A Cook County-mandated sugar-sweetened beverage (SBB) tax (or “soda tax”) proposes to add one-cent-per-ounce of beverages containing sugar or artificial sweetener, including juice drinks, soda, sports drinks and flavored waters. The revenue from the tax is set to be allocated toward promoting public health and reducing obesity rates in Cook County. Similar taxes have been proposed or have already been implemented in many localities including Berkeley, Calif.; Boulder, Col.; Philadelphia; and Seattle—but with varying results and amid much protest.
The tax in Cook County is currently being challenged and a ruling is now expected to come down on July 28th. For many people supporting the mandate, the increased revenue and health-positive motives behind the tax outweigh the burden. But understandably, retailers and beverage manufacturers alike are concerned about what a price hike on their merchandise could mean for sales, and many are fighting the county to overturn the ruling. We can look to Philadelphia to see that the tax has decreased sales of these types of beverages, clearly affecting the retail economy there. If the law does go into effect this July 1st, what will be the implications for our industry? How can businesses adjust?
Politics aside, this type of tax is something that many retailers and manufacturers in Cook County, and around the country, may have to deal with sooner or later. And it’s something that is very relevant to us here at InContext, because it drives us to work with clients to figure out how our VR solutions can help them take steps to minimize the negative impact.
How will a tax affect shoppers?
Let’s say a soda tax is headed your way. Before sales are actually impacted due to an increase in prices from the tax, virtual testing can help determine how shoppers’ behaviors would change. Maybe some shoppers are more loyal to certain brands than others. Or perhaps you want to test how exposure to literature or social media messaging on the effects of sugar will alter their mindset. We can conduct shopping exercises in a VR environment against a control to learn how a price hike will alter pick up rate and buy rate. This can help you understand exactly how the tax will affect sales before anything goes into effect.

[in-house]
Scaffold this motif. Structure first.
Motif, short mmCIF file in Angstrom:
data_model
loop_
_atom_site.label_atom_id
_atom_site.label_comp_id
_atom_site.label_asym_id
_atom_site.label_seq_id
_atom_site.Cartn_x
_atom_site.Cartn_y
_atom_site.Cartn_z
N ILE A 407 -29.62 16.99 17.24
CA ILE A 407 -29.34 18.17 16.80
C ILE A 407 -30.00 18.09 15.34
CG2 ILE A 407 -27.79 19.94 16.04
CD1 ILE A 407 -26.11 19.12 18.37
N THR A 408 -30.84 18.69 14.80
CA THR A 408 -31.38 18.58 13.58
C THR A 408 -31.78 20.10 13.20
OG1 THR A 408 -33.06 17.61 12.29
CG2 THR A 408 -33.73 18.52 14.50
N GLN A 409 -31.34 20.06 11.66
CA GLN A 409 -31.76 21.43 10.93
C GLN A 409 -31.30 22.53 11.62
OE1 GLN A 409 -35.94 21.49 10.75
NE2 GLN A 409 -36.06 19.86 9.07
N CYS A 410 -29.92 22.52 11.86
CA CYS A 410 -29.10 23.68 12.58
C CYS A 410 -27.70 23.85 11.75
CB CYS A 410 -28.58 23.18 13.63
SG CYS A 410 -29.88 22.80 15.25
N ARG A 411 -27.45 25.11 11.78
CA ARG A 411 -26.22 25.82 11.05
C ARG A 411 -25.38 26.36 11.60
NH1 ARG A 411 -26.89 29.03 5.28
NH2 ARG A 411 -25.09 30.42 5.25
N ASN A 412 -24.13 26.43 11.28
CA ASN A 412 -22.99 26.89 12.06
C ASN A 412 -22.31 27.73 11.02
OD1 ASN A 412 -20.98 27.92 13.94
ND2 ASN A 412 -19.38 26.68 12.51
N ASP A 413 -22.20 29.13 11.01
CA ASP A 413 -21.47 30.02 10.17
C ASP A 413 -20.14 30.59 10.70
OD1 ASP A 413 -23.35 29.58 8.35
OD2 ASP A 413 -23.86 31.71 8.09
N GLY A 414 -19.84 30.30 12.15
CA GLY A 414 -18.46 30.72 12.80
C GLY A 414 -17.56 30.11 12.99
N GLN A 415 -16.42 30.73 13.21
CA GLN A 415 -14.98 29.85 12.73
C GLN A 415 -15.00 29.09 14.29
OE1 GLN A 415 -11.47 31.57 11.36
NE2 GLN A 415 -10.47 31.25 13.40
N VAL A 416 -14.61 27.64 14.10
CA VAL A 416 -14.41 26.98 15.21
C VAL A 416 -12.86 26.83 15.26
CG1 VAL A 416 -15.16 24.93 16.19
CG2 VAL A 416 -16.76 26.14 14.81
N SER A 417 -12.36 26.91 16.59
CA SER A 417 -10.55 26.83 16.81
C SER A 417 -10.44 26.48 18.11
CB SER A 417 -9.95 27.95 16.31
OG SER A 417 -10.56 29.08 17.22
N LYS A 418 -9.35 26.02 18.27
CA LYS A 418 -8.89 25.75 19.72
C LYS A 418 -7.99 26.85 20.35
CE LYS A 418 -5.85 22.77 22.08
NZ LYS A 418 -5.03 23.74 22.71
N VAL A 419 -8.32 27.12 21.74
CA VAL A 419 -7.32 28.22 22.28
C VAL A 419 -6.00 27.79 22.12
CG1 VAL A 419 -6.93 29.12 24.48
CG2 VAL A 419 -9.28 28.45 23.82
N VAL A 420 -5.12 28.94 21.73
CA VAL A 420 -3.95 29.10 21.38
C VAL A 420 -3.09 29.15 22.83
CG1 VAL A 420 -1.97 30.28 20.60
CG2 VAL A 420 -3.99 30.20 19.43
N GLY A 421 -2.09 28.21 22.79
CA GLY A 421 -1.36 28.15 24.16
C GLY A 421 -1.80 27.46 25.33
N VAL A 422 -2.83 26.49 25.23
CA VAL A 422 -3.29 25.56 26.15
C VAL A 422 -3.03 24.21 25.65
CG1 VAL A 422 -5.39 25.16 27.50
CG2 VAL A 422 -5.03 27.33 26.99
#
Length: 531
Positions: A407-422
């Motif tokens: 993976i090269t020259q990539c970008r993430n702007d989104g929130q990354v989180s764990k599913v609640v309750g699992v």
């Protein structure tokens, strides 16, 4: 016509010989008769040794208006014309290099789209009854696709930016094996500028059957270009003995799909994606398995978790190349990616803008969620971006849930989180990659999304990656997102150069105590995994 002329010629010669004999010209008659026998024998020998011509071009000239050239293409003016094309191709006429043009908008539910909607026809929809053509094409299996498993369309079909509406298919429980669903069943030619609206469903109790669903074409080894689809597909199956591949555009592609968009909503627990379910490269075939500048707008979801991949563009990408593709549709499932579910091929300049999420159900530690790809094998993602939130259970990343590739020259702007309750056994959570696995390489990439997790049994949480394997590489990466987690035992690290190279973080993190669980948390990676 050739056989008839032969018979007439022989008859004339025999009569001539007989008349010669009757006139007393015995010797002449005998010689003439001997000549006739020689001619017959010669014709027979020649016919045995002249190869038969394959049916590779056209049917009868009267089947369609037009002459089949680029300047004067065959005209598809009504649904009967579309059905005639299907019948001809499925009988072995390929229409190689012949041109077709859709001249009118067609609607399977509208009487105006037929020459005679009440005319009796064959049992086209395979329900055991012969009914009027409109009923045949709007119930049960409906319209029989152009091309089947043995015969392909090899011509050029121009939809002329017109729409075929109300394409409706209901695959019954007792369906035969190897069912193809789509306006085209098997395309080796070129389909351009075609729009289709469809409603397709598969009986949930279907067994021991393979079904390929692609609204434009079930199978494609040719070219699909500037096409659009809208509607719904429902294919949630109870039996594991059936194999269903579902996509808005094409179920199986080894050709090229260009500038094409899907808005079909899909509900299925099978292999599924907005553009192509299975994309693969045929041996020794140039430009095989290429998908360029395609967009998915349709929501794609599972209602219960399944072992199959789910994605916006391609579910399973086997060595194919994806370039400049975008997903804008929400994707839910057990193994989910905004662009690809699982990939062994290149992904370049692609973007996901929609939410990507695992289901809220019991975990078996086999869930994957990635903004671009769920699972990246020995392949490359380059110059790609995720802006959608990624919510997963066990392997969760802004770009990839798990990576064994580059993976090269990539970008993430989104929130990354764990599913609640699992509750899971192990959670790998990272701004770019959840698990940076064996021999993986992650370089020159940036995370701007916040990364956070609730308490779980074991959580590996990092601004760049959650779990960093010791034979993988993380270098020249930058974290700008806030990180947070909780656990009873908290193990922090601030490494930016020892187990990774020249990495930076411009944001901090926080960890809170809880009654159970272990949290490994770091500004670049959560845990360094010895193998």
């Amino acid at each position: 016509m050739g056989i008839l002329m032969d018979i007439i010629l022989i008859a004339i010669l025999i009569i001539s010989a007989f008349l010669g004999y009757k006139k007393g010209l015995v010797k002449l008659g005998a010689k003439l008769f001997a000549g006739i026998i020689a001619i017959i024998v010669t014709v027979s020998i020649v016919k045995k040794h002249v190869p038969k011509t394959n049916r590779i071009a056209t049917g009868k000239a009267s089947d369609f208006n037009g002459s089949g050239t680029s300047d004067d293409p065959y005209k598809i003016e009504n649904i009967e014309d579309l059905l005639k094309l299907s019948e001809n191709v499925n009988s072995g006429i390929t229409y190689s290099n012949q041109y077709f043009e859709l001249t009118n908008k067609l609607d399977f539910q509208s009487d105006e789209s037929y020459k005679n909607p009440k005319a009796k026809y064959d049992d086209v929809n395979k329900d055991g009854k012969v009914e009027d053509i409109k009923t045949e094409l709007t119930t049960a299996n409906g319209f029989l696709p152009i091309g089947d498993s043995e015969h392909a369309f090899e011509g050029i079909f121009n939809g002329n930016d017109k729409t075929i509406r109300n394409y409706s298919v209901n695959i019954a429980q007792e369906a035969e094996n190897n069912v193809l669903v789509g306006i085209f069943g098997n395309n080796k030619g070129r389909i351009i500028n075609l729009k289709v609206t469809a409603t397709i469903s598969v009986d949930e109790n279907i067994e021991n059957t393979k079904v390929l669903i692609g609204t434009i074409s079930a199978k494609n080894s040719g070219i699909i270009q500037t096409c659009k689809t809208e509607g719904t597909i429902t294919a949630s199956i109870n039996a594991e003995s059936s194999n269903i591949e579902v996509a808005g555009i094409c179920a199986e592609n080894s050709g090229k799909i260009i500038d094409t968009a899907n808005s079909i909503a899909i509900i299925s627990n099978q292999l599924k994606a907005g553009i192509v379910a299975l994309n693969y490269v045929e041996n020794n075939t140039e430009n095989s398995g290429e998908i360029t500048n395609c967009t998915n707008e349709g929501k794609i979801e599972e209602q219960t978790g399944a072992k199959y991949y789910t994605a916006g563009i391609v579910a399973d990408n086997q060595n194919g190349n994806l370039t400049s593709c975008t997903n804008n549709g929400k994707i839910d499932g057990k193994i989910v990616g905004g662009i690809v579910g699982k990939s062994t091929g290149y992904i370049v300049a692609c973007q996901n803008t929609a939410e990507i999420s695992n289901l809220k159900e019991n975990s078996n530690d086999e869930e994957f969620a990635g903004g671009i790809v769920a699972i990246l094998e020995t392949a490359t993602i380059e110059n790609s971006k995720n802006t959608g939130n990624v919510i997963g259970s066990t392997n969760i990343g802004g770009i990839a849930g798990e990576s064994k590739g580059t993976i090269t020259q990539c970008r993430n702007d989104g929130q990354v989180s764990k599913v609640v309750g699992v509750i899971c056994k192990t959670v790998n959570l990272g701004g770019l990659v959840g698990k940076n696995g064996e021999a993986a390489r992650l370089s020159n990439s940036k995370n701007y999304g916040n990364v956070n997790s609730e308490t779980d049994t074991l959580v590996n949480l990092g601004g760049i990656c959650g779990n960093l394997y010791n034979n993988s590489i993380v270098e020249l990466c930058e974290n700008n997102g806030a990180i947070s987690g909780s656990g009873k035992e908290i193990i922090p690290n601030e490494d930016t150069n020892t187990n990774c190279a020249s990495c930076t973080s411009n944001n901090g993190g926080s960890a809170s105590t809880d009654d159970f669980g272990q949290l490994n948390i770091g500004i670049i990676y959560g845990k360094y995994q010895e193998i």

What will it mean for shelf space?
Now you know how brand and category sales could look, but how will it affect inventory and space on the shelf? If you’re a retailer or category captain, you want to make sure you have the right assortment, arrangement and grouping of products that will offer the most beneficial return. By running a ShopperMX™ Shelf Indicator that captures attitudinal and sales metrics, you’ll be able to quickly make data-based decisions on how to manage the shelf—from where to place products to optimal number of SKUs—in order to reduce risk.
Is it too late to adjust?
Fortunately, VR allows companies to work faster for less spend—which means even if you’re a manufacturer or retailer already dealing with a tax like this today, there are still measures you can take to make sure you’re maximizing your returns when it comes to in-store planning. Perhaps you want to know if new packaging or signage will help offset the revenue lost from the sales tax: instead of spending time and money developing prototypes to then test in a costly mock center, save resources with VR by learning how a new concept will resonate with shoppers before you invest.
And when it comes to category reviews, VR solutions can give you a leg up from the competition with accurate behavioral and attitudinal data that will help convince your retail partners to execute your concept.
Whether it’s a sugar-sweetened beverage tax, or another obstacle that affects the CPG and retail space, VR helps companies become innovative and agile while helping then save on their bottom line. In an industry that is constantly moving and evolving with the changing times, VR is a valuable catalyst for positive growth.